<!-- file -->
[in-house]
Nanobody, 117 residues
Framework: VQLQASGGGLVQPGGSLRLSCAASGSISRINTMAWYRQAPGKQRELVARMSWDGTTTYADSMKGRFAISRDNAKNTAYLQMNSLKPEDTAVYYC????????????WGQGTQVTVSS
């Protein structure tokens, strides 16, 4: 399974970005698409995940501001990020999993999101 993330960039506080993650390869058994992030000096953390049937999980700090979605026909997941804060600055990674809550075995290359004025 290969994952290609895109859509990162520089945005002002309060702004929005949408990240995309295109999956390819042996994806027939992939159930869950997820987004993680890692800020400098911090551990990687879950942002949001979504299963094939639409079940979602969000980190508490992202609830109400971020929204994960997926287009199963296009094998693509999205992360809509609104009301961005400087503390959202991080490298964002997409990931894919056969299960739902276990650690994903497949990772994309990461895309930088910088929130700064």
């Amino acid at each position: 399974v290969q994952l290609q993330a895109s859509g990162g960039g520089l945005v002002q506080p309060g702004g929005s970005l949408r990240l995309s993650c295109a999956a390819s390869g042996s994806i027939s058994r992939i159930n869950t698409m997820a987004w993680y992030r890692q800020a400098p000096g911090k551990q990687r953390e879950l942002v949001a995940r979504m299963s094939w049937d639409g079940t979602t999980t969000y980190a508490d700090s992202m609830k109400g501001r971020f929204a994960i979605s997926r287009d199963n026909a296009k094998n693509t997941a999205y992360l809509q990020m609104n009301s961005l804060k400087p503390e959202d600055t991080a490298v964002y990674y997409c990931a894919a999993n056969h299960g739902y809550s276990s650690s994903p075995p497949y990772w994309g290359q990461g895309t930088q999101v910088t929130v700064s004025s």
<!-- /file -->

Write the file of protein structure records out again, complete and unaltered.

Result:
[in-house]
Nanobody, 117 residues
Framework: VQLQASGGGLVQPGGSLRLSCAASGSISRINTMAWYRQAPGKQRELVARMSWDGTTTYADSMKGRFAISRDNAKNTAYLQMNSLKPEDTAVYYC????????????WGQGTQVTVSS
């Protein structure tokens, strides 16, 4: 399974970005698409995940501001990020999993999101 993330960039506080993650390869058994992030000096953390049937999980700090979605026909997941804060600055990674809550075995290359004025 290969994952290609895109859509990162520089945005002002309060702004929005949408990240995309295109999956390819042996994806027939992939159930869950997820987004993680890692800020400098911090551990990687879950942002949001979504299963094939639409079940979602969000980190508490992202609830109400971020929204994960997926287009199963296009094998693509999205992360809509609104009301961005400087503390959202991080490298964002997409990931894919056969299960739902276990650690994903497949990772994309990461895309930088910088929130700064």
């Amino acid at each position: 399974v290969q994952l290609q993330a895109s859509g990162g960039g520089l945005v002002q506080p309060g702004g929005s970005l949408r990240l995309s993650c295109a999956a390819s390869g042996s994806i027939s058994r992939i159930n869950t698409m997820a987004w993680y992030r890692q800020a400098p000096g911090k551990q990687r953390e879950l942002v949001a995940r979504m299963s094939w049937d639409g079940t979602t999980t969000y980190a508490d700090s992202m609830k109400g501001r971020f929204a994960i979605s997926r287009d199963n026909a296009k094998n693509t997941a999205y992360l809509q990020m609104n009301s961005l804060k400087p503390e959202d600055t991080a490298v964002y990674y997409c990931a894919a999993n056969h299960g739902y809550s276990s650690s994903p075995p497949y990772w994309g290359q990461g895309t930088q999101v910088t929130v700064s004025s």